We maintain open and honest communication by explaining the pros and cons of grey literature. The inclusion of grey literature will increase the number of records to review but may yield few relevant studies for analysis. It also requires more time-intensive methods to find and screen it; however, its inclusion produces a fuller picture by minimizing publication bias [11, 12]. To get buy-in from reviewers, we involve them from the start by asking for key societies, websites, and resources in their field on our intake form. In our experience, manuscripts have a better chance of journal acceptance if authors exhaust every resource. For reviewers unwilling to include grey literature, we suggest noting the exclusion of grey literature as a potential limitation in the manuscript.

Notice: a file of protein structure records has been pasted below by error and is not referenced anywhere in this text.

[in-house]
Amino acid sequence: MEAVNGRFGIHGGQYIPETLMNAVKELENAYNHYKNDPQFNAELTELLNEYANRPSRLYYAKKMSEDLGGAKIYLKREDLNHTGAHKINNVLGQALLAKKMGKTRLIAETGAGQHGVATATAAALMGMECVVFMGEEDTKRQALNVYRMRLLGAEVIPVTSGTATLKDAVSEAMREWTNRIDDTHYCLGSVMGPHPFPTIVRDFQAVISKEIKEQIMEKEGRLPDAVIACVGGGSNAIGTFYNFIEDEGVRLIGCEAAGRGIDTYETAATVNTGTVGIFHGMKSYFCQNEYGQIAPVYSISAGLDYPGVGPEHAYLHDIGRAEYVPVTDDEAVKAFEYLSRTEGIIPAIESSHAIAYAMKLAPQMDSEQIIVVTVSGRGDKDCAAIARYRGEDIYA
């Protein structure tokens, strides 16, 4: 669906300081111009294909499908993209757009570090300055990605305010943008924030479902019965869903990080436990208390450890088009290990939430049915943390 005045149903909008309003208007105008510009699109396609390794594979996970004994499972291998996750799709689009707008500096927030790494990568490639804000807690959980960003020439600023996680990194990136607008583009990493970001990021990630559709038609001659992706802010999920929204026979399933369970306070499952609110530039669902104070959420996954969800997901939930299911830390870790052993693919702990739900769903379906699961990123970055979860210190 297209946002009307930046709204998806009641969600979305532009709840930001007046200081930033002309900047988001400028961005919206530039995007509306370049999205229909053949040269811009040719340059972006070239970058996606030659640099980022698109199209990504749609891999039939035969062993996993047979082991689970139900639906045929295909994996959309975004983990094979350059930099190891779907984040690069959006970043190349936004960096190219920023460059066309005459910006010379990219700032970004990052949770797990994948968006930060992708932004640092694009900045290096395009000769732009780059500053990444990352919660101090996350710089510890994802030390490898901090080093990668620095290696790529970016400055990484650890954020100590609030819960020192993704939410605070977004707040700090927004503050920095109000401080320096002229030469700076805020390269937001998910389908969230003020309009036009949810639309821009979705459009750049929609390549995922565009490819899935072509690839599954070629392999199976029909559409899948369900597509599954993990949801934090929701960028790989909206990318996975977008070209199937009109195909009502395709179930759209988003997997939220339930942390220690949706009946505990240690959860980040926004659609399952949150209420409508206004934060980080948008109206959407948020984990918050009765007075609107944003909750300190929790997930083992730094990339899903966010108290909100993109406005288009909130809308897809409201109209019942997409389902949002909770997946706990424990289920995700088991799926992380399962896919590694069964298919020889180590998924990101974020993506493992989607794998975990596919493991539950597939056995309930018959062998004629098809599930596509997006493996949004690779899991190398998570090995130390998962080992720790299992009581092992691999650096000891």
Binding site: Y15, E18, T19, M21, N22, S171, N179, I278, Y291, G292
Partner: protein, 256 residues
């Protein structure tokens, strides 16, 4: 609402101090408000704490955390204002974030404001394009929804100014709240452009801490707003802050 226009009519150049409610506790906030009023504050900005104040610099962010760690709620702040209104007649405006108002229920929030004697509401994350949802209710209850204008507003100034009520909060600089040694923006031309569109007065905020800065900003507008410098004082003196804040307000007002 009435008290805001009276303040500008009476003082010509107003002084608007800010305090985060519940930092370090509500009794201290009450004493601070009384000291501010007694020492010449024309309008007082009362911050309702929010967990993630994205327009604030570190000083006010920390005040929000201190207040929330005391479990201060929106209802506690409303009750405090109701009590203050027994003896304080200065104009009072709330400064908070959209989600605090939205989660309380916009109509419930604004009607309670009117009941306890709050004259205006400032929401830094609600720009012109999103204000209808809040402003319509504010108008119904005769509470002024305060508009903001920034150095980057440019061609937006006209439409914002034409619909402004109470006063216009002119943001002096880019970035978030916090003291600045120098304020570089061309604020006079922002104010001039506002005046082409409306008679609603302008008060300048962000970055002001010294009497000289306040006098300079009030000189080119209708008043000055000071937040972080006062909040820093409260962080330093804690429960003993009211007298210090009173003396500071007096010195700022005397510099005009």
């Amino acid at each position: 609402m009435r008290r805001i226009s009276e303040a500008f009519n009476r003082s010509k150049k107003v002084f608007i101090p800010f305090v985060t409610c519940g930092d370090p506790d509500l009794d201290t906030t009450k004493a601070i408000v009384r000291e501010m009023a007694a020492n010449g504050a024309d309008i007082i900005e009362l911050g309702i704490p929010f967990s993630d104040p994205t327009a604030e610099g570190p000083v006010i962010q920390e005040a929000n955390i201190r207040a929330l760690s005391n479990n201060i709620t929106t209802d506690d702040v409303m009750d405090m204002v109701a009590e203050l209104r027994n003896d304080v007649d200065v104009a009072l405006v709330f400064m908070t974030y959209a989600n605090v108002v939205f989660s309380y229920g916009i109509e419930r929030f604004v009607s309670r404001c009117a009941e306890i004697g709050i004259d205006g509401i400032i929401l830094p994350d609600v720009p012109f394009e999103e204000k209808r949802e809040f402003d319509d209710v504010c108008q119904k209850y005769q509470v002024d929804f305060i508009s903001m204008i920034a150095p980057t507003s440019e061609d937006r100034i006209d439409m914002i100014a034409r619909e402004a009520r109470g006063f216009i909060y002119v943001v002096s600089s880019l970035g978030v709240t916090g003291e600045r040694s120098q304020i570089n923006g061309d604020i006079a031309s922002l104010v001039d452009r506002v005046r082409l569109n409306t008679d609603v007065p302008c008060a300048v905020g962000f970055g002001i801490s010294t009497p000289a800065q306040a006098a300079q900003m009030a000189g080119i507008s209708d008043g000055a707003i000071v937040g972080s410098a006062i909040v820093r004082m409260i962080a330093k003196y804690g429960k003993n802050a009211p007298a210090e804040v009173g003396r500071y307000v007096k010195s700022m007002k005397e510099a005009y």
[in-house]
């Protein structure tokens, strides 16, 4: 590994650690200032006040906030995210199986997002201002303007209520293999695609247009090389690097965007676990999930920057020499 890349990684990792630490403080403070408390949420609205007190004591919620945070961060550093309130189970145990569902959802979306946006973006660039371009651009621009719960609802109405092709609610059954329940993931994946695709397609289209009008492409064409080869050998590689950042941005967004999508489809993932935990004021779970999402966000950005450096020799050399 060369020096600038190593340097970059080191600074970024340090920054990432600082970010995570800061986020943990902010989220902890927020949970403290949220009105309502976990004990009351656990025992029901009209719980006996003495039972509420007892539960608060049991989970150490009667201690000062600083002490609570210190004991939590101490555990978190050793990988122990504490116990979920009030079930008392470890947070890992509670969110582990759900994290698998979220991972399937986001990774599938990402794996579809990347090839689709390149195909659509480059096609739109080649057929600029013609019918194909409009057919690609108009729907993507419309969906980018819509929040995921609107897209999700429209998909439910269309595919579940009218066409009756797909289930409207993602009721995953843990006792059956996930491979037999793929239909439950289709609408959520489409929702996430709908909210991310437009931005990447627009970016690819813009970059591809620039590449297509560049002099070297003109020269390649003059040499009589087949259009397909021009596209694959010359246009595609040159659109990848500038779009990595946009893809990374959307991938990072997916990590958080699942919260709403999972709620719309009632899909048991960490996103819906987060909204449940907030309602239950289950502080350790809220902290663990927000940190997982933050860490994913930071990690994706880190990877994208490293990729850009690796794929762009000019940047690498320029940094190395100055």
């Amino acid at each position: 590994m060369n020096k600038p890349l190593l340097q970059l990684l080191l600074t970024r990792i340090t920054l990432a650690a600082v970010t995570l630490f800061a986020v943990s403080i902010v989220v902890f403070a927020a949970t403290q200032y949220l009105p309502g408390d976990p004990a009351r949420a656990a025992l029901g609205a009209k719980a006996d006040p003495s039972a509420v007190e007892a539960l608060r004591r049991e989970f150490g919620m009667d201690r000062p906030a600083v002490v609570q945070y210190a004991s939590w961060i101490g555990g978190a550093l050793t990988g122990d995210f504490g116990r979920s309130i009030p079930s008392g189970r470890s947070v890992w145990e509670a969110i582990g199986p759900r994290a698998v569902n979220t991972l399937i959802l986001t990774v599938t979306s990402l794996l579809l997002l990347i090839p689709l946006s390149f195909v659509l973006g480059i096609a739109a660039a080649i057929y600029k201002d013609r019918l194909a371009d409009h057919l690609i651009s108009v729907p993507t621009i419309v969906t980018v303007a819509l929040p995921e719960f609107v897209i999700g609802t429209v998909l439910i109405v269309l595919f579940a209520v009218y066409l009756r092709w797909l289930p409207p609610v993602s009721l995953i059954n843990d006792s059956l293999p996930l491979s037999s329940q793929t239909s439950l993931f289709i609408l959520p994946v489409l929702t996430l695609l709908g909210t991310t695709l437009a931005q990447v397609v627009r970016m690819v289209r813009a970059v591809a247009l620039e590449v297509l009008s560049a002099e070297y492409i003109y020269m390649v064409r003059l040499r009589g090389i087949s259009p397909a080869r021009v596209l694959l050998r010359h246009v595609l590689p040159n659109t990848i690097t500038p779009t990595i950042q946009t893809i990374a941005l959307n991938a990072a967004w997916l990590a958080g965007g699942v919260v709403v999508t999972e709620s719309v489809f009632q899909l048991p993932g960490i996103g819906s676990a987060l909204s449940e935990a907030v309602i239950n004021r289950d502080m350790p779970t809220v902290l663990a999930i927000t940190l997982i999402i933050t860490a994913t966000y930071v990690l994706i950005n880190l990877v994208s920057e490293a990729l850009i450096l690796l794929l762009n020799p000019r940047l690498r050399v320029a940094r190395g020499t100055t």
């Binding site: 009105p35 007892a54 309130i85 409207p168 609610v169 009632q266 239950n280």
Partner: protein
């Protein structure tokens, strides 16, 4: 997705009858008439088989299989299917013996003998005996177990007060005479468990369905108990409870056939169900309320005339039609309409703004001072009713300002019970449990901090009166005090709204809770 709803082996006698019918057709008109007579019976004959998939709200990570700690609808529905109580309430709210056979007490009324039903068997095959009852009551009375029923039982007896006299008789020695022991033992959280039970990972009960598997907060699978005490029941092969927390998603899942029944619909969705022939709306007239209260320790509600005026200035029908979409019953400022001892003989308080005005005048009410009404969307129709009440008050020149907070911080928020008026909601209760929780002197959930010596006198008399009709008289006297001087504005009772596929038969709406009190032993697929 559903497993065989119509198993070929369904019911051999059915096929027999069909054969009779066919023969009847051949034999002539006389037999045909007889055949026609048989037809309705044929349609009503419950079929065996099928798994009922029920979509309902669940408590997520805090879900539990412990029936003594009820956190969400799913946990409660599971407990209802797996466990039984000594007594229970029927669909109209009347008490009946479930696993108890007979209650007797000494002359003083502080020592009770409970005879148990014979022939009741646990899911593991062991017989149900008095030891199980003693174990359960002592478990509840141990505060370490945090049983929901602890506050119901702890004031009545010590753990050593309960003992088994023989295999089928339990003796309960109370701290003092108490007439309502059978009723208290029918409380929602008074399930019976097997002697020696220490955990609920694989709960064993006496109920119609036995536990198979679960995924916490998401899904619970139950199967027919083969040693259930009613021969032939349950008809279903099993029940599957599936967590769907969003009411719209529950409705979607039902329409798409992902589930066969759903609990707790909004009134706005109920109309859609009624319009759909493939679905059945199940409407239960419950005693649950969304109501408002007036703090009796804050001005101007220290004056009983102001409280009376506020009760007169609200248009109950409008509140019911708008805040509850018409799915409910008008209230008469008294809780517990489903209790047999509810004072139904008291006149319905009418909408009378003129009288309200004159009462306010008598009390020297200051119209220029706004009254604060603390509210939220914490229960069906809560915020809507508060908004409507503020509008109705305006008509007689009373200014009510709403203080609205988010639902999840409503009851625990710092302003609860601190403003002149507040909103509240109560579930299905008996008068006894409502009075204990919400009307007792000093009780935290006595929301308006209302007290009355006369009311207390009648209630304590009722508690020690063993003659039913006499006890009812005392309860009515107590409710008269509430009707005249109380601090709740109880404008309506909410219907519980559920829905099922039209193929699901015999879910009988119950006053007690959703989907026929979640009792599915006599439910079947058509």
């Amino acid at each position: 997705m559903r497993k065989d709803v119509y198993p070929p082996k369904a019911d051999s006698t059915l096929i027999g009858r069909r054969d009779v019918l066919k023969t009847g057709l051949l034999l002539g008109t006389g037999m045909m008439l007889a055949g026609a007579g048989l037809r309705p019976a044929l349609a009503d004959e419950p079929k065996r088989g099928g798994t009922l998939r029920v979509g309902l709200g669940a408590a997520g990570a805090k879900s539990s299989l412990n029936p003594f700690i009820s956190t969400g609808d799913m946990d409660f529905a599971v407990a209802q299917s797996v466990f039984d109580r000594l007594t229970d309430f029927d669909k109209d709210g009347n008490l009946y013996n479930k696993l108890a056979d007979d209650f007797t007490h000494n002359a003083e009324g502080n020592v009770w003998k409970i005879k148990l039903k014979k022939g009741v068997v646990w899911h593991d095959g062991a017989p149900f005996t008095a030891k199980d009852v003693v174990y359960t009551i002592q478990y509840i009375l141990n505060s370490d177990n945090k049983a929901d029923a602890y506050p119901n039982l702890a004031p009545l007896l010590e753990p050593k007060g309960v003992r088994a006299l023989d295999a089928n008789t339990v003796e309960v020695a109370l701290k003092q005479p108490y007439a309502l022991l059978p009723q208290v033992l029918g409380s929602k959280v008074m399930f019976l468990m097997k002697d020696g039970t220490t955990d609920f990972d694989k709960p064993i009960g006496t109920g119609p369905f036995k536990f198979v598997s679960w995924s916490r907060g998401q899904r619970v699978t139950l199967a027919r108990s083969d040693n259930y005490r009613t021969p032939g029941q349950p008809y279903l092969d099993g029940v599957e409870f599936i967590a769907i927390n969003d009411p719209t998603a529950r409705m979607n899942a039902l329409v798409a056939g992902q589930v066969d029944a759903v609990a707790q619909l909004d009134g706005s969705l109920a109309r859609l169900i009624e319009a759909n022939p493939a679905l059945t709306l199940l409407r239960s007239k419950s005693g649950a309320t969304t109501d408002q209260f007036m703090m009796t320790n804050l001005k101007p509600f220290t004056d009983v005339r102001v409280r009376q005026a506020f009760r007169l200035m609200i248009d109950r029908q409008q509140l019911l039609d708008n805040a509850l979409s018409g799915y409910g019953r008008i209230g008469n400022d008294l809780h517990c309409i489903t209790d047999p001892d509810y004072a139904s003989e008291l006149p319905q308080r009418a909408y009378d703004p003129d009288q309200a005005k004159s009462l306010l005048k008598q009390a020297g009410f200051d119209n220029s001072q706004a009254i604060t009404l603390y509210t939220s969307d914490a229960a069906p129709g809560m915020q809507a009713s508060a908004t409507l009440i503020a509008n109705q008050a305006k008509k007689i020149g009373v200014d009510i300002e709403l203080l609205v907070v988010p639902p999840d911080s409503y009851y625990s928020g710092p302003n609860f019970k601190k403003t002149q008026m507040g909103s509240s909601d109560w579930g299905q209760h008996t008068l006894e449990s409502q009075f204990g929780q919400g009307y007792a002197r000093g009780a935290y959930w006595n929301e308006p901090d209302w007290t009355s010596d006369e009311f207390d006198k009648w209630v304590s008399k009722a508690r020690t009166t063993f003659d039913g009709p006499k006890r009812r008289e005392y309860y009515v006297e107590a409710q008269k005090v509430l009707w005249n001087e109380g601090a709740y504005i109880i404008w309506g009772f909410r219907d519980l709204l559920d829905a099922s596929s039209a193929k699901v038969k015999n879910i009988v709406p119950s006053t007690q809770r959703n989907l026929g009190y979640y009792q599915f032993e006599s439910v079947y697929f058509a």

When it comes to the number of databases to search, reviewers usually either 1) want us to restrict the search to a limited number of databases or 2) suggest every database with any possible connection to their topic, usually drawn from another systematic review. We explain how a more targeted approach will likely yield more conclusive results than an everything-but-the-kitchen-sink strategy. Posey et al. found searching three of the major bibliographic databases would capture 97–100% of the eligible studies in their analysis of ninety-seven systematic reviews that collectively searched fifty-seven sources . Furthermore, the Cochrane Collaboration recommends at a minimum to search CENTRAL, MEDLINE, and Embase for clinical trials . For teams who would like to limit to MEDLINE, we go over the benefits of additional sources, especially grey literature to reduce bias.